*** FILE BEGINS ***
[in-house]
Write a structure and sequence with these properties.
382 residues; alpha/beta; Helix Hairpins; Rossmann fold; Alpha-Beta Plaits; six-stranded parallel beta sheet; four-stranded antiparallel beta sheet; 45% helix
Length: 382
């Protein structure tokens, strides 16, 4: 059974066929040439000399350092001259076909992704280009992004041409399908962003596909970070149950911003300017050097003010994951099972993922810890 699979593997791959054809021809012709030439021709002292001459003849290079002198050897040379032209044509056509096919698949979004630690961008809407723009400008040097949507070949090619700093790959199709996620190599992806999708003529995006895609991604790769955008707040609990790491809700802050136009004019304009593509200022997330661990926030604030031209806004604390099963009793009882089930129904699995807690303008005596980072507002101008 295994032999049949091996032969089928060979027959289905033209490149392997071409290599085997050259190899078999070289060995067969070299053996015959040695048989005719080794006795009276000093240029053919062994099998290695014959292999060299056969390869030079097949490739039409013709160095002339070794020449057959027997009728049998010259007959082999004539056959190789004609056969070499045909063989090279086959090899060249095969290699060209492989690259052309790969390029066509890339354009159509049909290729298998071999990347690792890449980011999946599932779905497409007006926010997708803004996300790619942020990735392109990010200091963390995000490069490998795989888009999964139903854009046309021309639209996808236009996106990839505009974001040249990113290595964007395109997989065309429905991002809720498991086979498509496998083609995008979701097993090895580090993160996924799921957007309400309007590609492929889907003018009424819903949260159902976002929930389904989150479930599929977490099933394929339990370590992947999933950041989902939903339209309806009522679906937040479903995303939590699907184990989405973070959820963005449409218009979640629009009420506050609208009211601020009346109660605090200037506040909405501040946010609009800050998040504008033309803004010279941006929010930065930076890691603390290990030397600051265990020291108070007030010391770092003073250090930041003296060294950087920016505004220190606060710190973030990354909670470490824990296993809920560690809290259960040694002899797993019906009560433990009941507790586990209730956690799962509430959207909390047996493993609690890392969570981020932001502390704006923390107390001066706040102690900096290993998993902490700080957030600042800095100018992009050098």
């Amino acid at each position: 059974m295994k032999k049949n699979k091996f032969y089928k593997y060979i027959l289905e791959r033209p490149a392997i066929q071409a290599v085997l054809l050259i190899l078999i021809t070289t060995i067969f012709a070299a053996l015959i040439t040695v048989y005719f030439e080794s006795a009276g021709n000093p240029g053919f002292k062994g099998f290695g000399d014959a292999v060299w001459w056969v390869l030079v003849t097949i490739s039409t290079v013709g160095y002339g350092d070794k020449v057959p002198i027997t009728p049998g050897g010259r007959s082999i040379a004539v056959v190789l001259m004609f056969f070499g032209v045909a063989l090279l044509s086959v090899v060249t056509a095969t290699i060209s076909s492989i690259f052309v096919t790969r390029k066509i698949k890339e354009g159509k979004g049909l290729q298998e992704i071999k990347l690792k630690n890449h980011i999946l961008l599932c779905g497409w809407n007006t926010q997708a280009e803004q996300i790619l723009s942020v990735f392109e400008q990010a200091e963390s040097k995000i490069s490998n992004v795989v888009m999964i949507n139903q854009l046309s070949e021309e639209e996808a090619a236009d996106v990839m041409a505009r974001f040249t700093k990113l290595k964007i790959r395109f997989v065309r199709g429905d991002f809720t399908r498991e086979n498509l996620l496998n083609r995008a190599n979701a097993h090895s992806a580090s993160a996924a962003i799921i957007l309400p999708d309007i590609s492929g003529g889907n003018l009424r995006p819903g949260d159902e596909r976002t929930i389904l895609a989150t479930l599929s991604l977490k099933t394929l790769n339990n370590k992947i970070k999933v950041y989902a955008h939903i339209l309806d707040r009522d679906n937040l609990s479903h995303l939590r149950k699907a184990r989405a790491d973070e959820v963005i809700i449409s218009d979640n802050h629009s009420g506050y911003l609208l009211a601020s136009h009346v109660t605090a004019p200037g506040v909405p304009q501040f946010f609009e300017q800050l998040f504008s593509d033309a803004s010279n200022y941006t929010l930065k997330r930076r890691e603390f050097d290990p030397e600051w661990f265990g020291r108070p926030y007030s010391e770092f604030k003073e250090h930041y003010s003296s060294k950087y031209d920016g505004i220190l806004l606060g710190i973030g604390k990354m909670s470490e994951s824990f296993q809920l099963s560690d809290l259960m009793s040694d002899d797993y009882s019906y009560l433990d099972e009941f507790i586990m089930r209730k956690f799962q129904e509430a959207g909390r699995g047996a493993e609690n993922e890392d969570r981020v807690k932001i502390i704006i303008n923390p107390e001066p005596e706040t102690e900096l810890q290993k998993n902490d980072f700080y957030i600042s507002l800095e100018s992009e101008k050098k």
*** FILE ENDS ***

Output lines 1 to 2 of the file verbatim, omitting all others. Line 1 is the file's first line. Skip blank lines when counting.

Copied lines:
[in-house]
Write a structure and sequence with these properties.